Small transport companies can likely provide these same services but may have more stops along the way, which can affect delivery times and product freshness.

Meeting regulations on food safety

Alberta Health Services outlines several regulations regarding the transport, storage and distribution of food products. While in transport, foods must be protected from contamination, damage and micro-organisms that cause spoilage.

Temperature guidelines and information on storage and distribution units are outlined in Section 3.7 of the Food Retail and Foodservices Code found on the Alberta Health Services website.

The Canadian Food Inspection Agency (CFIA) seeks to alleviate risk and ensure the health and safety of Canadians when consuming food products.

CFIA general transportation regulations include the following:
  • carriers must provide equipment that is clean, weatherproof and that prevents insects or animals from reaching the product
  • containers should be sanitized after delivery (if required)
  • temperature controls must be documented to prove product freshness and safety
  • guidelines for transporting food and non-food items together must be followed, and organic and non-organic products must not be mixed during storage and transportation
Finding and working with local or regional carriers

As your market grows and you add more customers and locations, distribution logistics get more complex in terms of warehousing, temperature-controlled hauling, possibly cross-border paperwork and other issues. Likely, you will need to call on carriers who deliver farther away or who have more efficient food distribution systems in place.

You may also want to consider freight brokers or forwarders to take this added co-ordination off your shoulders. More information can be found in the factsheet Distribution Partners, Agdex 845-26., in this series.

Negotiating rates with transport companies

While a certain amount of information can be gained from gathering bids from several companies, you can see what a complex system transport can be. You will get the best, and most accurate, rates if you have an in-person (or phone) discussion to outline your individual needs. With this approach, the carrier can find the best possible rates and solutions for your company.

Remember, you are looking to build a solid relationship that can grow with your business. The cheapest bid is not always the best bid, as transport companies who underestimate their rates may not be around to help you in a year’s time.

Consultants like freight forwarders and brokers can also help source the best rates or the companies with the best solutions for you. For more information on how to establish shipping rates, refer to the factsheet Distribution Partners, Agdex 845-26, in this series. It outlines this process in more detail.

Considerations for “do-it-yourself” (DIY) transport

If you have a smaller customer base, you can often deliver your own goods. In fact, many prefer this shipping method because they can stay in touch with their customers.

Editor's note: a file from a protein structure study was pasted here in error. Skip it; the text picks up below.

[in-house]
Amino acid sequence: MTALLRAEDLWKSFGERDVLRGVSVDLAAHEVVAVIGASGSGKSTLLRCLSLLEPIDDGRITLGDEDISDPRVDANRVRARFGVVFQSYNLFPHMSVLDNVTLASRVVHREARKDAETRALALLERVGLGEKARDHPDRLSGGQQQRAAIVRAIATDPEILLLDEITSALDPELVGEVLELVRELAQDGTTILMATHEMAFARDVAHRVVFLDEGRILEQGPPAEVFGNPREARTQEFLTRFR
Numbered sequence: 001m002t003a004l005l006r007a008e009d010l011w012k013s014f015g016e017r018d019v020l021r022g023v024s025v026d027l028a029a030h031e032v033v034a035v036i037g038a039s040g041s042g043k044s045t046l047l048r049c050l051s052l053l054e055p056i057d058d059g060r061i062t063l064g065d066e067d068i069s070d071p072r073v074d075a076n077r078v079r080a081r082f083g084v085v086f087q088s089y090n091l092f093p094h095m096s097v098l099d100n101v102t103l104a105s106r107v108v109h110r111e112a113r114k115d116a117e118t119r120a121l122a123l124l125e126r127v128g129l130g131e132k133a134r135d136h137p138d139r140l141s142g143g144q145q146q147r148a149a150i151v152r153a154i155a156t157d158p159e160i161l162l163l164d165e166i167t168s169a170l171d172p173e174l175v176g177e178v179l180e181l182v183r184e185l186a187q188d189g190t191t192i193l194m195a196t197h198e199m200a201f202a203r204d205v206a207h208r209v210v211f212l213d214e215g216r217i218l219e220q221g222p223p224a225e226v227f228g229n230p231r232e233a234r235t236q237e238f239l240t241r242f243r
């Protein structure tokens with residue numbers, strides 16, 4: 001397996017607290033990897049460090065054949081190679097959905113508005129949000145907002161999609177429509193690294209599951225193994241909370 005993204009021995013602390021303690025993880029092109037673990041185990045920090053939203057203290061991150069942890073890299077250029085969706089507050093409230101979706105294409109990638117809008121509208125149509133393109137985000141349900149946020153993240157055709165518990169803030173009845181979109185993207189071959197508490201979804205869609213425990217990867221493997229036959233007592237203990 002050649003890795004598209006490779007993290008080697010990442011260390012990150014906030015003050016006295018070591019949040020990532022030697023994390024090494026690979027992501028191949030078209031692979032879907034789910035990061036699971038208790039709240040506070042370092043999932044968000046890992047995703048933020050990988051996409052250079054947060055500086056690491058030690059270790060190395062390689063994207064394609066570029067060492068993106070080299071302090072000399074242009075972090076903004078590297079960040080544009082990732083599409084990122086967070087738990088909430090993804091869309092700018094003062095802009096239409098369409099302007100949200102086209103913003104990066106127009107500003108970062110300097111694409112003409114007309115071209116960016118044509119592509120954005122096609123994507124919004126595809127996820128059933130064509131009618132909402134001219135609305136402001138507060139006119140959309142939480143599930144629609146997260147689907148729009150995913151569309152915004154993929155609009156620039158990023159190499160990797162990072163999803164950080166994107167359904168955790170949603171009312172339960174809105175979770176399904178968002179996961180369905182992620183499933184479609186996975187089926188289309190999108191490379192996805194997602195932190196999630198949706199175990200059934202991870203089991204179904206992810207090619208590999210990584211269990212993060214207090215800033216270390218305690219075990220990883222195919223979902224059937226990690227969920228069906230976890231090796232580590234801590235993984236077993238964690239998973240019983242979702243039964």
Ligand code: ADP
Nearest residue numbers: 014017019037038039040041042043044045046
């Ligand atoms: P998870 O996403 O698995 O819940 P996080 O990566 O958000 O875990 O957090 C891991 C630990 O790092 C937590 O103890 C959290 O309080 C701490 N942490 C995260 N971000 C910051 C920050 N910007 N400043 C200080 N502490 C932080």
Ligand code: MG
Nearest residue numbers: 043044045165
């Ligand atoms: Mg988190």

As you grow, you may hire drivers or even haul for other producers or processors in your area. If that is the case, there are additional licensing and liability requirements. More information on this topic can be found in the factsheet Distribution DIY, Agdex 845-28, in this series.

Innovation in distribution: the collaborative approach

As interest in local food grows, consumers, retail chains, schools and restaurants are increasingly interested in purchasing local food products. In Alberta, groups of producers and processors are coming together to co-ordinate their food deliveries or inbound supply shipments. Or they are using co-packers and food brokers to help get their product to market.

More information on this topic can be found in the factsheet Distribution Consolidation, Agdex 845-29, in this series.

Navigating distribution channels is an important part of getting your products to market, but the task can also be challenging. Investigating all the alternatives will help you find the right fit between your needs and all the options available.

For more information about distribution for agricultural food producers and processors, see the factsheets on “Distribution Partners,” “Distribution DIY” and “Distribution Consolidation.”

For a comprehensive study about food distribution along the value chain in Alberta, visit the Alberta Agriculture and Rural Development website and search “Distribution of Local Food: Best Practices.”

Prepared by:
Alberta Agriculture and Rural Development

More information, contact:
Alberta Ag-Info Centre
Call toll-free: 310-FARM (3276)

Source: Agdex 845-27
 
 
 
 

Other Documents in the Series

 
  Distribution Partners: Working with Regional Carriers
Distribution Logistics: Getting Your Products to Market - Current Document
Distribution DIY: Building a Solid Foundation
Distribution Consolidation: Working Together Along the Value Chain
 
 
 
 
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This information published to the web on March 10, 2015.